[00107J In one embodiment, and with reference to the VPDMT module depicted in Figure 2, the wireless control system is configured to transmit signals as follows. A VPDMT module 100 receives an incoming signal via the one or more antennas 102 and passes the signal on to the controller 106, which evaluates the signal to determine whether the identifier matches the identifier of that particular VPDMT module. If the intended recipient is the VPDMT module itself, the VPDMT module then prepares the appropriate response, such as activating an associated actuating means or collecting data from a sensor or monitor. If the intended recipient is not the VPDMT module itself, the controller 106 then prepares the signal to be re-transmitted to the intended recipient module. The controller 106 determines the best route to the destination, based on its knowledge of the positions of other VPDMT modules in the network and re-transmits the signal as necessary. The best route can be determined, for example, by the smallest number of intermediate modules, by modules with the maximum power available, by the most reliable links or by a pre-established routing protocol. The transmitting VPDMT module awaits confirmation of receipt of the signal. If confirmation is not received, the VPDMT module attempts to re-transmit the signal. When confirmation is received, the processing for the signal is completed. This routing process allows for the transmission of data around obstacles, such as buildings or metal structures that may block RF signals. The supervisory circuitry for supporting the operation of each VPDMT module can be implemented in software or in firmware that is stored in a memory, such as memory 136. The controller 106 executes the instructions stored in the memory to carry out the signal interpretation and transmission functions of the VPDMT module 100. [00108] The data transmitted from the VPDMT modules 100 to the central controller 200, in Figure 1 , can include status information, power levels and/or it can include data gathered from any connected sensors. In one embodiment of the invention, a VPDMT module can periodically sample one or more sensor or monitor to obtain sensor/monitor data for processing by controller 106 and/or transmission. Processing of the data can include, for example, statistical analysis (average, median, standard deviation and higher order correlations), linear regression, linear approximation and other mathematical modelling processes to facilitate the end use of the data. The processed data can be stored in memory 136 and accumulated over a pre-determined period of time and then transmitted, or it can be transmitted directly after processing. Data compression can be performed if required to reduce the data transmission requirements and/or to facilitate the end use of the data. Compression can include differential coding within a channel or jointly between multiple correlated channels. Similarly, the data can be filtered prior to transmission, for example, by noise reduction, cross-channel interference reduction, missing sample interpolation and other signal processing to enhance the quality of the data. Data fusion, or aggregation and processing of data from multiple VPDMTs can also be performed.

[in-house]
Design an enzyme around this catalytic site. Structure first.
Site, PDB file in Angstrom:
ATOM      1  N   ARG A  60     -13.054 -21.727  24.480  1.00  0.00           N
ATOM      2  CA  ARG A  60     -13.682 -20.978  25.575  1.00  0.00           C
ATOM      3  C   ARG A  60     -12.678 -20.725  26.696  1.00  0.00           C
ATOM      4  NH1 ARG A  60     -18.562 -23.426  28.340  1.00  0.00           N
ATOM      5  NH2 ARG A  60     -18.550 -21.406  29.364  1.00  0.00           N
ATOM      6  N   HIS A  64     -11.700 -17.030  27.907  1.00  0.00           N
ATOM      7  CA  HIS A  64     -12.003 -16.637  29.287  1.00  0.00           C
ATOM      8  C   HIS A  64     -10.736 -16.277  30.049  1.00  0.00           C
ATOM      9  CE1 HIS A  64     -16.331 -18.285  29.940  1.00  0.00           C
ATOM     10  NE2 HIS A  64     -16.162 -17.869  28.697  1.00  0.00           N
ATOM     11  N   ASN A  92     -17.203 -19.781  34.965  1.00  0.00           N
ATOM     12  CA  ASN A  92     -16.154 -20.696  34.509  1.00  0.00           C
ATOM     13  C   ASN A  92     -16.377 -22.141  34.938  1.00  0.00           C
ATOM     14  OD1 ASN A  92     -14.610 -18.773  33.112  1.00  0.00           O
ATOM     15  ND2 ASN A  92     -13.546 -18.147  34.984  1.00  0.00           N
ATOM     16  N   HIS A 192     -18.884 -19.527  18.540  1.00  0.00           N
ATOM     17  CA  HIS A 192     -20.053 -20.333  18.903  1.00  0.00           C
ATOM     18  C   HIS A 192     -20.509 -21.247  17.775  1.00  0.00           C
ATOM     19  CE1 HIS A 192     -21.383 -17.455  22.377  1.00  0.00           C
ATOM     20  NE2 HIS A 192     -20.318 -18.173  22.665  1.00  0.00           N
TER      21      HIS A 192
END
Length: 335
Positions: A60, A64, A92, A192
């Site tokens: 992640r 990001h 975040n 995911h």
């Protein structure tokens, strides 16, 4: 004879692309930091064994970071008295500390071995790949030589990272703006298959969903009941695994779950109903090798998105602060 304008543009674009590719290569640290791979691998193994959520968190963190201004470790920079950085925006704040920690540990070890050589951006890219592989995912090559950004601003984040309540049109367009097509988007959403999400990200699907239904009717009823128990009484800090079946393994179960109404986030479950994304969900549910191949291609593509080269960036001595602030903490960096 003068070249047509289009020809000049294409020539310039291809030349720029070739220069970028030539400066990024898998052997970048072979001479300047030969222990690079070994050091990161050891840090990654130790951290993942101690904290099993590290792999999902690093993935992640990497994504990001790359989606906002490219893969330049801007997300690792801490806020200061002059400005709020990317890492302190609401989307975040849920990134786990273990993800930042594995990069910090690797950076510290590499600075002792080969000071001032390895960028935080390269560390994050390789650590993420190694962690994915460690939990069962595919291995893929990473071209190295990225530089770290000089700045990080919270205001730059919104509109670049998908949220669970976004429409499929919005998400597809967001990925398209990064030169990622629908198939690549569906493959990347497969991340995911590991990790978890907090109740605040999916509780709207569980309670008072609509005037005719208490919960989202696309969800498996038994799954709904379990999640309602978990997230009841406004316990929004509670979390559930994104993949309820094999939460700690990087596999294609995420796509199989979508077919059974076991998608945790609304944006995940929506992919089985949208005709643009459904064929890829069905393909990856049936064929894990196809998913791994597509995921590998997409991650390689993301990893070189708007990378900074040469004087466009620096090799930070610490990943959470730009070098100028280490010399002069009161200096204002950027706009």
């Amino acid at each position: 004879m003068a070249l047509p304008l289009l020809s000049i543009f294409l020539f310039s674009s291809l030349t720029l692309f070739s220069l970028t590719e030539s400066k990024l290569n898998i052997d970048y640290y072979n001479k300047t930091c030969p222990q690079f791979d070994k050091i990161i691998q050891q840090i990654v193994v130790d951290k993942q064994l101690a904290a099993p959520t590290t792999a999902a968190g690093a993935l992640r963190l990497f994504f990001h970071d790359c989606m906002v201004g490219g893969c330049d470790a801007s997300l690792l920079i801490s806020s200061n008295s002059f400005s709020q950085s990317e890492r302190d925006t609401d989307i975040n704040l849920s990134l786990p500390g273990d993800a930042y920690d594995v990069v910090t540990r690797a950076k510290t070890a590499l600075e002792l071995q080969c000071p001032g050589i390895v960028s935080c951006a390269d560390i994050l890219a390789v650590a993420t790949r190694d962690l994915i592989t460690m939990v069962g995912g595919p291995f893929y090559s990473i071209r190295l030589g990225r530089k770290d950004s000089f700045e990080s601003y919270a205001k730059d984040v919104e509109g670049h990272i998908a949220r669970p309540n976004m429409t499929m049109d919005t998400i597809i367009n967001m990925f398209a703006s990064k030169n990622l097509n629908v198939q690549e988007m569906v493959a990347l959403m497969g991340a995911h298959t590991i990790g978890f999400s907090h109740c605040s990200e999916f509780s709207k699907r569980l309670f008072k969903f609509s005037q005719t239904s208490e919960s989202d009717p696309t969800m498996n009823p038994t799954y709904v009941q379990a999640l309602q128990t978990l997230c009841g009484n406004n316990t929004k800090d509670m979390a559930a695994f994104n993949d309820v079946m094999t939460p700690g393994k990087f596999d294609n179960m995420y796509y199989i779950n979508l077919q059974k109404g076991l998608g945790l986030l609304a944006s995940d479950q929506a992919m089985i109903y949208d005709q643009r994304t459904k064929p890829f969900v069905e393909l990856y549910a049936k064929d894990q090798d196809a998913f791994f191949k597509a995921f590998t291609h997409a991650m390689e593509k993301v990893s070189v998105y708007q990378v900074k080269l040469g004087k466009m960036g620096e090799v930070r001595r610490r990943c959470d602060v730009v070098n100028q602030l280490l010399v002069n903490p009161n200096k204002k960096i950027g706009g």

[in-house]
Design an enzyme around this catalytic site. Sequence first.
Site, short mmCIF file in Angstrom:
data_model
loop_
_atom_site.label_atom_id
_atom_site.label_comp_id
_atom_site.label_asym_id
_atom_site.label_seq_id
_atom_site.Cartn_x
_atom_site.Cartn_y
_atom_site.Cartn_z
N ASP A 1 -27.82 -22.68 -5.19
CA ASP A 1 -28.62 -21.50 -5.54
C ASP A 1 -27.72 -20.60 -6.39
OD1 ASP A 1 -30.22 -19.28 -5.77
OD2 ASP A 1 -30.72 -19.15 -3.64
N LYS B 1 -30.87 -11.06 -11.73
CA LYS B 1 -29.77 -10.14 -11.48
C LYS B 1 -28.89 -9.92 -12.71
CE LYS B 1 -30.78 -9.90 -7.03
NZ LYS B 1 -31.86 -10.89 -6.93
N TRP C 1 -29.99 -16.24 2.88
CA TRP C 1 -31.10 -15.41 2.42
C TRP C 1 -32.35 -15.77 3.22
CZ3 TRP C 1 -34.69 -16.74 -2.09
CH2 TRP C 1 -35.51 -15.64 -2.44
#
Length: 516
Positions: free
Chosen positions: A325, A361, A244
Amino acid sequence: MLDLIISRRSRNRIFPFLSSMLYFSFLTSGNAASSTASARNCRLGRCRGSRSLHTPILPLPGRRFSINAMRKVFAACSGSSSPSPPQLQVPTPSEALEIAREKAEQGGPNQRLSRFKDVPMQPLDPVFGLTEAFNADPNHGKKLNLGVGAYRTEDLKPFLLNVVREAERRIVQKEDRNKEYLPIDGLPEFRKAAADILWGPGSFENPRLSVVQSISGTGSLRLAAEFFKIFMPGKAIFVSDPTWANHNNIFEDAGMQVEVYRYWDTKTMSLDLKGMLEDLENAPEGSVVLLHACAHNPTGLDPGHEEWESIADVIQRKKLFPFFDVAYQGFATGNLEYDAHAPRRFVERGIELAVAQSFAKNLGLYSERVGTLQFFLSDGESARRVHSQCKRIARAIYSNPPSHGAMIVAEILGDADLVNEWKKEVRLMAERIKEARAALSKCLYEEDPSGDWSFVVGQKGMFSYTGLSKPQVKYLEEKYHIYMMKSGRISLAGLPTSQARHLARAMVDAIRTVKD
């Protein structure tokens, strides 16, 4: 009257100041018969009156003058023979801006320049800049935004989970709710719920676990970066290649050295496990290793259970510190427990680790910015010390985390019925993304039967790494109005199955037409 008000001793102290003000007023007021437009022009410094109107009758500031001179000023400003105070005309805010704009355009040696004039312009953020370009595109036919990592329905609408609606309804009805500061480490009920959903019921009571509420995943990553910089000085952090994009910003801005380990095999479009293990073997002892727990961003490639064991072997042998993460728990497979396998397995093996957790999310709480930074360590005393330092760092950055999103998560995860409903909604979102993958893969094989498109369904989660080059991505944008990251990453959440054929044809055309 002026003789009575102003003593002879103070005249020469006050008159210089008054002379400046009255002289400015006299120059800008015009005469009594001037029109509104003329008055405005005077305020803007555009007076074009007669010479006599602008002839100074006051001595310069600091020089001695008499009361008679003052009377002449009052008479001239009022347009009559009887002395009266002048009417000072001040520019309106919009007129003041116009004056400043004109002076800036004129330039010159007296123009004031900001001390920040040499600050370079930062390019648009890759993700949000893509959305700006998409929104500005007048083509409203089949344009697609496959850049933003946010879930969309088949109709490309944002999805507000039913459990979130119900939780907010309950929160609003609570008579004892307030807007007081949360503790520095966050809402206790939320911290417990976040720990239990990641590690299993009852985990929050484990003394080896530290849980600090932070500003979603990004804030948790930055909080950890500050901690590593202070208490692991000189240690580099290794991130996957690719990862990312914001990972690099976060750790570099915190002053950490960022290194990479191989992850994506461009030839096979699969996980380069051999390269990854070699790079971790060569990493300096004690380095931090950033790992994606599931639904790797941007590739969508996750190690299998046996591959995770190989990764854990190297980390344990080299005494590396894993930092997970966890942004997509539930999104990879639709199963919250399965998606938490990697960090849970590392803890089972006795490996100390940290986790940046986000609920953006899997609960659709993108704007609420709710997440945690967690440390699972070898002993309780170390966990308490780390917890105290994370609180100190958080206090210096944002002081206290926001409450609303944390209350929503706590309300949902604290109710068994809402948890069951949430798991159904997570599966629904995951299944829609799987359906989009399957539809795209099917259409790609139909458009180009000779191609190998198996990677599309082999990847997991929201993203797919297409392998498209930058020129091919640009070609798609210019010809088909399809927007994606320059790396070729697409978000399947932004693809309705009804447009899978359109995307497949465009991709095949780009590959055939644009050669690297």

[00109J The data thus processed can be transmitted to other VPDMT modules, to the central controller or to a handheld node incorporated into the system, as described below. The data can be transmitted on a pre-determined schedule or modulation mode, when the accumulated data reaches a pre-determined size or when requested by a central controller or an auxiliary mobile controller. When the data is delivered on a schedule, the memory 136 or controller 106 of transmitting VPDMT module is programmed with the address of the VPDMT modules or controllers that are to receive the data as well as the schedule for delivery. When data is delivered on request or on command, the request or command sent to the transmitting VPDMT module contains the address of the requesting module/controller.

[00110] Depending upon the size, for example the number of nodes, of the system

500 and the power of the central controller 200, the system can be organised such that certain VPDMT modules 100 act as "reporter-nodes" to collect data from surrounding modules and transmit this data to the central controller 200, as well as receiving and transmitting signals from the central controller 200 and distributing these to surrounding VPDMT modules, in order to reduce the volume of incoming transmissions. Each VPDMT module 100 of the network, however, remains independent and can send and receive transmissions independently. In one embodiment of the invention, the VPDMT modules 100 are in constant communication with the central controller 200 and the control system is dynamic allowing for real time control.

[00111] In one embodiment, the wireless control system is configured such that certain VPDMT modules 100 act as "intelligent gateways" and are programmed to store data for operating up to 200 actuators via VPDMT modules 100 operatively associated with the actuators, thus allowing for continuity of control during power brown-outs. In another embodiment of the invention in which the wireless control system is configured such that certain VPDMT modules 100 act as "intelligent gateways" capable of operating up to 200 actuators via VPDMT modules 100 operatively associated with the actuators, for example between about 50 and about 180 actuators, the system is configured to allow control of up to 20,000 actuators in total, for example between about 4,000 and about 15,000 actuators. In one embodiment in which the wireless control system comprises intelligent gateways, communications can be sent from a central or handheld controller to all gateways essentially simultaneously. The gateways then relay the communications to the VPDMT modules 100 operatively associated with the actuators. This configuration and routing protocol allow for much more rapid distribution of commands throughout the system, for example within minutes rather than hours.